3,472 research outputs found

### Interpretations of the Accelerating Universe

It is generally argued that the present cosmological observations support the
accelerating models of the universe, as driven by the cosmological constant or
`dark energy'. We argue here that an alternative model of the universe is
possible which explains the current observations of the universe. We
demonstrate this with a reinterpretation of the magnitude-redshift relation for
Type Ia supernovae, since this was the test that gave a spurt to the current
trend in favour of the cosmological constant.Comment: 12 pages including 2 figures, minor revision, references added, a
paragraph on the interpretation of the CMB anisotropy in the QSSC added in
conclusion, general results unchanged. To appear in the October 2002 issue of
the "Publications of the Astronmical Society of the Pacific

### A Classical Treatment of Island Cosmology

Computing the perturbation spectrum in the recently proposed Island Cosmology
remains an open problem. In this paper we present a classical computation of
the perturbations generated in this scenario by assuming that the NEC-violating
field behaves as a classical phantom field. Using an exactly-solvable
potential, we show that the model generates a scale-invariant spectrum of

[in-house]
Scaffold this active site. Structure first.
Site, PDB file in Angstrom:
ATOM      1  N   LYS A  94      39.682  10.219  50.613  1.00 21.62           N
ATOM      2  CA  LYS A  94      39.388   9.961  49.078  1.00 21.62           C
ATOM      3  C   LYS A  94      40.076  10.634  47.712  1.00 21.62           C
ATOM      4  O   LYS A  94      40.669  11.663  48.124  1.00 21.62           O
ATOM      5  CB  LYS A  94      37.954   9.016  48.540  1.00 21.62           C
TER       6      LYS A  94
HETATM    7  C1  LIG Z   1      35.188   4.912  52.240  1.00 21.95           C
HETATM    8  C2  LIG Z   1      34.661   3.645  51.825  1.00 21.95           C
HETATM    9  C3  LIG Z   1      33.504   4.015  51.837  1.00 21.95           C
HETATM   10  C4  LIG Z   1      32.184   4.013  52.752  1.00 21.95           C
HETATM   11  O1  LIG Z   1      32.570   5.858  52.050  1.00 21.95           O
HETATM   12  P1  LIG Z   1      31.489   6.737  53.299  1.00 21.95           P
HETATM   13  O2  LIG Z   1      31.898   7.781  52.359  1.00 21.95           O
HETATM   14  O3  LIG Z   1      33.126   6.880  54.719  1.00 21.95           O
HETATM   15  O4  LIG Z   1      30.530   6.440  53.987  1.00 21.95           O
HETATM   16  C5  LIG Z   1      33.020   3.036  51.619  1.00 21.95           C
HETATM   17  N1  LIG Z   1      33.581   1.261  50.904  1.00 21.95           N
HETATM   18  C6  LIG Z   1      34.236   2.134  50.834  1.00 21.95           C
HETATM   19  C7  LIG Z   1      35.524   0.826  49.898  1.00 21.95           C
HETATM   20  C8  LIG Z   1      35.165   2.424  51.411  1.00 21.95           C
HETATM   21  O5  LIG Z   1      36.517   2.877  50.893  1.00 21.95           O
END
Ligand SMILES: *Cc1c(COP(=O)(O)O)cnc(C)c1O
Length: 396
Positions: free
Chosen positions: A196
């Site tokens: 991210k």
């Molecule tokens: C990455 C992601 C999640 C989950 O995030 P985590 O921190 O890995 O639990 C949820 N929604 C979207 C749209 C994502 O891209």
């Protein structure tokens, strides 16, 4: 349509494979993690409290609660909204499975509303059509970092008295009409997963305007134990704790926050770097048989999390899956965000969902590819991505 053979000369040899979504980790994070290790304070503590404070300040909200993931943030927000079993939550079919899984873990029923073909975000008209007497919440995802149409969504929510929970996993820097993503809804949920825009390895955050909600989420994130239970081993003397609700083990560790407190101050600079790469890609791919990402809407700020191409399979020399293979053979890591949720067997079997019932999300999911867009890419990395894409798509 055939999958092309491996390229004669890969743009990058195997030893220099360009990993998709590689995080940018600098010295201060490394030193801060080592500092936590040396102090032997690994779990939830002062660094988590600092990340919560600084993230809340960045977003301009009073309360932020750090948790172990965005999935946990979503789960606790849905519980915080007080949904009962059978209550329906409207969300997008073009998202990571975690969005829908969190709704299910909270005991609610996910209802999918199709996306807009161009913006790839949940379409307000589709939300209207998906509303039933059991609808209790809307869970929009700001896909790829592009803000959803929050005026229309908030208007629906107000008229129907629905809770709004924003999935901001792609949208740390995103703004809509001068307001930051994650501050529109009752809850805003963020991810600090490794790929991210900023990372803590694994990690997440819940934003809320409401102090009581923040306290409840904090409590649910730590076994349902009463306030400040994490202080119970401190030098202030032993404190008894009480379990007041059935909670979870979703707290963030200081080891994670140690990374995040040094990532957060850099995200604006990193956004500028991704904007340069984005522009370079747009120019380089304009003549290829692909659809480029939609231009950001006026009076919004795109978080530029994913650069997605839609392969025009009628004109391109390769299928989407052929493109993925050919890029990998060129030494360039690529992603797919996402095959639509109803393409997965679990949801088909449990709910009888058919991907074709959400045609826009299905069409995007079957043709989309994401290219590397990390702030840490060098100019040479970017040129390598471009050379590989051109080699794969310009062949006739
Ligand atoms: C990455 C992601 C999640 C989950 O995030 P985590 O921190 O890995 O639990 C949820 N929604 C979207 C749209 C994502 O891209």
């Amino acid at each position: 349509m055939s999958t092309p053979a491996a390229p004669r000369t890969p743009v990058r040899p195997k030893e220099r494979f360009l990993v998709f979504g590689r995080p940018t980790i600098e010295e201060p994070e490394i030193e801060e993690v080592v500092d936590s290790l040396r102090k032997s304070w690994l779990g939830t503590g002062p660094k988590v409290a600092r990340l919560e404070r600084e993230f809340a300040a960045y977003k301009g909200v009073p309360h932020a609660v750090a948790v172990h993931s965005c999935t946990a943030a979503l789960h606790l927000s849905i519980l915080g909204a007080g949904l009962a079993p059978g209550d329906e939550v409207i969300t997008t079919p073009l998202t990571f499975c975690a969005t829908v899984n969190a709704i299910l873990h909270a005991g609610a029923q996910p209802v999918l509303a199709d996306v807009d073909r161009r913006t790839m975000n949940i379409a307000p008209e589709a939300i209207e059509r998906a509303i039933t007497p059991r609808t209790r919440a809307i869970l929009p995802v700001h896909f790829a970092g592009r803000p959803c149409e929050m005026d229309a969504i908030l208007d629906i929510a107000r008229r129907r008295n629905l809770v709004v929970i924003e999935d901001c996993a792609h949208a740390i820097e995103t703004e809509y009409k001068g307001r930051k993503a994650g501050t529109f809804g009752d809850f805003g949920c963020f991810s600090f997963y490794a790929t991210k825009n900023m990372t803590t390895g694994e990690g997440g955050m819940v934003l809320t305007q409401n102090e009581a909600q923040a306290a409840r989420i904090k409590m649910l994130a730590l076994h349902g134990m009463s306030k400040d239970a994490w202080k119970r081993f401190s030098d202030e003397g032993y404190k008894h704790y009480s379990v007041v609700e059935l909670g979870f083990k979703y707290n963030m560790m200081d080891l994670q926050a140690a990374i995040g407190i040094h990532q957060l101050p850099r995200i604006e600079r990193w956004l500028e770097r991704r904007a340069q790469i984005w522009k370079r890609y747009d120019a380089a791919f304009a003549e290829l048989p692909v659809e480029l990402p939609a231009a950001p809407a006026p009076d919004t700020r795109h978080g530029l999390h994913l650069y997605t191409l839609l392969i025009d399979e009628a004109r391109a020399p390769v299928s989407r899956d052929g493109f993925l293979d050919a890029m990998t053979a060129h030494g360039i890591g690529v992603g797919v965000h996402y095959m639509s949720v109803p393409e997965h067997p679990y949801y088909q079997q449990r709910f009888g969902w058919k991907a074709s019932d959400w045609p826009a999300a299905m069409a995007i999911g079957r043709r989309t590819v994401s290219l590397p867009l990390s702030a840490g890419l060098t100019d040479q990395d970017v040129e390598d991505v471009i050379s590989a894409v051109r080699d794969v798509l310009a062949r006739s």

scalar perturbations, as well as a scale-invariant spectrum of gravitational
waves. The scalar perturbations can have sufficient amplitude to seed
cosmological structure, while the gravitational waves have a vastly diminished
amplitude.Comment: 8 pages, 1 figur

### Is the present expansion of the universe really accelerating?

The current observations are usually explained by an accelerating expansion
of the present universe. However, with the present quality of the supernovae Ia
data, the allowed parameter space is wide enough to accommodate the
decelerating models as well. This is shown by considering a particular example
of the dark energy equation-of-state $w_\phi\equiv p_\phi/\rho_\phi=-1/3$,
which is equivalent to modifying the \emph{geometrical curvature} index $k$ of
the standard cosmology by shifting it to $(k-\alpha)$ where $\alpha$ is a
constant. The resulting decelerating model is consistent with the recent CMB
observations made by WMAP, as well as, with the high redshift supernovae Ia
data including SN 1997ff at $z= 1.755$. It is also consistent with the newly
discovered supernovae SN 2002dc at $z=0.475$ and SN 2002dd at $z=0.95$ which
have a general tendency to improve the fit.Comment: Replaced with the accepted version to appear in MNRA

### On the nature of the quasi-stellar objects

Quasi-stellar objects at cosmological distances or local objects - optical properties of quasi- stellar objects and radio emission from star

### A Radical Departure from the ''steady State'' Concept in Cosmology

Radical departure from steady state theory in cosmolog

### Distances to Cepheid Open Clusters Via Optical and K-Band Imaging

We investigate the reddening and Main Sequence fitted distances to eleven
young, Galactic open clusters that contain Cepheids. Each cluster contains or
is associated with at least one Cepheid variable star. Reddening to the
clusters is estimated using the U-B:B-V colours of the OB stars and the
distance modulus to the cluster is estimated via B-V:V and V-K:V
colour-magnitude diagrams. By main-sequence fitting we proceed to calibrate the